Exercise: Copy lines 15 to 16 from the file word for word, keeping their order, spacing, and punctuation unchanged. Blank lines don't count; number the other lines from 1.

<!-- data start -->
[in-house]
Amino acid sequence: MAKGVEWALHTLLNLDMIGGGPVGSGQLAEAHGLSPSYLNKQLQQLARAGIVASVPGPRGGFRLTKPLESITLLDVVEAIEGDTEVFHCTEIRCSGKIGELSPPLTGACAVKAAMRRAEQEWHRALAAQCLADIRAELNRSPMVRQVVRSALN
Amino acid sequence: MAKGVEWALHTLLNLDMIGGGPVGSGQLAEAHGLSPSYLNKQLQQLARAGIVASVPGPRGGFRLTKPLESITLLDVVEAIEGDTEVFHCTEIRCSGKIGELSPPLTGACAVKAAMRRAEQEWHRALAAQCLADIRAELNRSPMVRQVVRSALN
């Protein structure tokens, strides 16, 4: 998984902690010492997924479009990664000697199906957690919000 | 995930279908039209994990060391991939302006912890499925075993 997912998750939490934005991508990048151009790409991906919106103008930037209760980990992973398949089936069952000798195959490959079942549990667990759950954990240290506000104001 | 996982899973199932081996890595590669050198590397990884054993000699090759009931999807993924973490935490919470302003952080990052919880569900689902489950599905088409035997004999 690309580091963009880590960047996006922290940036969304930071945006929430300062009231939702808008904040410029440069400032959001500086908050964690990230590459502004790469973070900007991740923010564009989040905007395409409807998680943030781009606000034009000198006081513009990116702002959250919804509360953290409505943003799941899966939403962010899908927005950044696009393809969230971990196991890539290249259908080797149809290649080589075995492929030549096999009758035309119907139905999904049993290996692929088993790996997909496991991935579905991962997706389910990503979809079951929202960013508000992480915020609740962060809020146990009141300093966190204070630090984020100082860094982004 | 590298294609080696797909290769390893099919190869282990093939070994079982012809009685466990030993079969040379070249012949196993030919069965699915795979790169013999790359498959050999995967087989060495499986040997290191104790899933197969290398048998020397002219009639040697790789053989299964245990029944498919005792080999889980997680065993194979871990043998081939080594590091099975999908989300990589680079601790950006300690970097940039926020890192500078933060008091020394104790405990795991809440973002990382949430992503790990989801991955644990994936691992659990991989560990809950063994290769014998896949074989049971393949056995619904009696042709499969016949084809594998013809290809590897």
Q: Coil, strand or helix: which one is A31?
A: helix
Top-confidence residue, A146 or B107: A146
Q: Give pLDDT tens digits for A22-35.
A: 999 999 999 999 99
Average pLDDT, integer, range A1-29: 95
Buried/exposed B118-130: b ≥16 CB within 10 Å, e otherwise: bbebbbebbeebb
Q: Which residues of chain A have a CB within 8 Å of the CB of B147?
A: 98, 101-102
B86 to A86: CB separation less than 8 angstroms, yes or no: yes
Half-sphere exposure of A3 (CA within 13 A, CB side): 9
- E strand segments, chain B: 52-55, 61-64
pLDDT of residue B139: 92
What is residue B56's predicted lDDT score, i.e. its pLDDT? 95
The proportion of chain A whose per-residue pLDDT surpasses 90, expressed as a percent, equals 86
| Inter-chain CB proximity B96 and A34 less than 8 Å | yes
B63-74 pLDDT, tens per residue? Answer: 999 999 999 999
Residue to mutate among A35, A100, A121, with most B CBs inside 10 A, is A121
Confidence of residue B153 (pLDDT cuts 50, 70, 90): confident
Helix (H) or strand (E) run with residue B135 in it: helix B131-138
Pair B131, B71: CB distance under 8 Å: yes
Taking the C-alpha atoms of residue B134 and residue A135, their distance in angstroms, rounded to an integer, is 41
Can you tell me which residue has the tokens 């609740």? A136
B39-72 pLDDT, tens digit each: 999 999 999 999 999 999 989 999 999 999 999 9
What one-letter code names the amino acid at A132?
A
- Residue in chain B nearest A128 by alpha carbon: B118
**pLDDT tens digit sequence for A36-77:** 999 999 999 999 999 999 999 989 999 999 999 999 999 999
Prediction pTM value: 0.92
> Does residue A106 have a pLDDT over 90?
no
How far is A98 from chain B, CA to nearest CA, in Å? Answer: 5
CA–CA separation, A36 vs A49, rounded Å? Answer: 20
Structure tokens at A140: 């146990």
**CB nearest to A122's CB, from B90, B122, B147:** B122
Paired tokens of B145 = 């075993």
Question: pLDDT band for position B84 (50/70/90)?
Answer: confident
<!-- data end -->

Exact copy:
Half-sphere exposure of A3 (CA within 13 A, CB side): 9
- E strand segments, chain B: 52-55, 61-64